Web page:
She further states that there are certain medical specialties that lend themselves naturally to AI applications, due to their large emphasis on pattern recognition, such as Radiology, Pathology, Dermatology, and Ophthalmology. Dr Nakra also stated that to further enhance the efficiency and reduce the transcription burden in their lab, Medical Speech to Text Software, Augnito is being used. “This medical voice AI empowers our pathologists to produce accurate and complete medical reports within minutes making medical reporting simple. The App is dialect agnostic and recognises all accents without the need for voice training. Dr Lal PathLabs is also in the process of validating a CE-IVD marked AI tool from Panakeia for predicting ER, PR, Her2neu status on breast cancer histopathology slides without the use of IHC staining. This has the potential to bring down testing costs for breast cancer reporting,” shared Dr Nakra.
AI offers numerous advantages over traditional analytics and clinical decision-making techniques. Learning algorithms can become more accurate and precise as they interact with training data, which allows humans to gain unprecedented insights into diagnostics, treatment variability, care processes, and patient outcomes. “Technology applications are encouraging healthier behaviour in people and help with the proactive management of a healthy lifestyle. It is putting consumers in control of their health and well-being. Additionally, artificial intelligence enhances the ability of healthcare professionals to better understand the day-to-day patterns and needs of the patients they care for, and with that understanding, they are able to provide better guidance, feedback, and support for staying healthy, stated Vineet Aggarwal, CIO, Paras Healthcare.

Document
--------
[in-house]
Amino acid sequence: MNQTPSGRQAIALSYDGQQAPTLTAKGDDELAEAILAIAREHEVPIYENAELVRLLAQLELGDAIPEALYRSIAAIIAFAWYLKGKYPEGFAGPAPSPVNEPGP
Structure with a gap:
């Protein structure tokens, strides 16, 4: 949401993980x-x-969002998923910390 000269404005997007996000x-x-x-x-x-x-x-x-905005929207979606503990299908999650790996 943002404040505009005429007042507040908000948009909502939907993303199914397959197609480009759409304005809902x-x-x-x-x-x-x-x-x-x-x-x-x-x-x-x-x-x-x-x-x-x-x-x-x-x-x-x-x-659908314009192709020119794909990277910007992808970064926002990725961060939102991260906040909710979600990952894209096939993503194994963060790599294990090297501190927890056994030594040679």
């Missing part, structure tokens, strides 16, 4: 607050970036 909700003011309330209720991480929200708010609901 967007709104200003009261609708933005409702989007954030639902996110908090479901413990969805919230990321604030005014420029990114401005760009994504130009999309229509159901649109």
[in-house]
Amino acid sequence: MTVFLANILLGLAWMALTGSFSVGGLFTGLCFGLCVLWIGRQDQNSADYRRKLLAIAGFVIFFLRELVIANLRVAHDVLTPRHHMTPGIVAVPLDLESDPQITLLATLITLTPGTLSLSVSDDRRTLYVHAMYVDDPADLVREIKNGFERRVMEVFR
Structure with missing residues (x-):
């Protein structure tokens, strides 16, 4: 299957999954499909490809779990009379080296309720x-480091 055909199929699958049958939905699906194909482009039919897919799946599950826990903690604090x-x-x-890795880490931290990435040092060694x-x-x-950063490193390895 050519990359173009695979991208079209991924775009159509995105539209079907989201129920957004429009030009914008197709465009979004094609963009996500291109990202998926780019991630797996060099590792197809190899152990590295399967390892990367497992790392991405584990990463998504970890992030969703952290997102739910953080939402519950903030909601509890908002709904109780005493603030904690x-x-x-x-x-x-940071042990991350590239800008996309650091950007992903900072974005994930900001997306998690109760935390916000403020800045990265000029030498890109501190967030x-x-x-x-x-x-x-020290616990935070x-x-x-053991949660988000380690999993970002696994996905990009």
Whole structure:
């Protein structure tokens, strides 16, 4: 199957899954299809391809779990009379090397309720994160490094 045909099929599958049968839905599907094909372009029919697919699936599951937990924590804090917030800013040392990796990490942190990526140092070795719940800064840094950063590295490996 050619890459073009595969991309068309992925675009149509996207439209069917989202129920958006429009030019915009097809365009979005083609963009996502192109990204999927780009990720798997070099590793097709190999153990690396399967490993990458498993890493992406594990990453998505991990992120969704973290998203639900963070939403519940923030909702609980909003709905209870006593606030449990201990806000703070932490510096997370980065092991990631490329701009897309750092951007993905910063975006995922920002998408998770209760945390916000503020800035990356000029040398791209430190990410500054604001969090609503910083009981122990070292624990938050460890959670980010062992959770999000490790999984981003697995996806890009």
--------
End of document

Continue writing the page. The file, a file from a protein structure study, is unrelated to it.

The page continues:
Crystal-gazing into the future, he further states that there is a shift being witnessed from “healthcare” to “health”. While it would be hard to eliminate diseases completely, through technology, science, and data we will be able to identify diseases earlier, intervene proactively, and better understand their progression to help consumers more effectively and actively sustain their well-being. “The focus of the future will be on wellness and managed by healthcare providers that assume new roles to drive value in a transformed healthcare ecosystem. We expect six key areas — interoperability, data sharing, equitable access, behavior change, scientific breakthrough, and empowered consumers — to collectively transform the present health system from treatment based reactionary care to prevention and well-being,” shared Aggarwal.
The origin of digital technologies has substantially altered the healthcare landscape over the past few years. It has shifted the healthcare system towards being self-reliant and making the citizens of India Atmanirbhar. It has accelerated the need for care providers and medical device manufacturers to be agile while maintaining high product quality and regulating costs.
AI can certainly bring new efficiencies in healthcare outcomes in India. It is expanding into the public health sector and is moving towards having a major impact on every aspect of primary care.
Undoubtedly, AI is going to be an integral part of medicine in the future. Hence, it is crucial to train the new generation of medical trainees regarding the concepts and applicability of AI and how to function efficiently in a workspace alongside machines for better productivity, and formulating soft skills like empathy in them.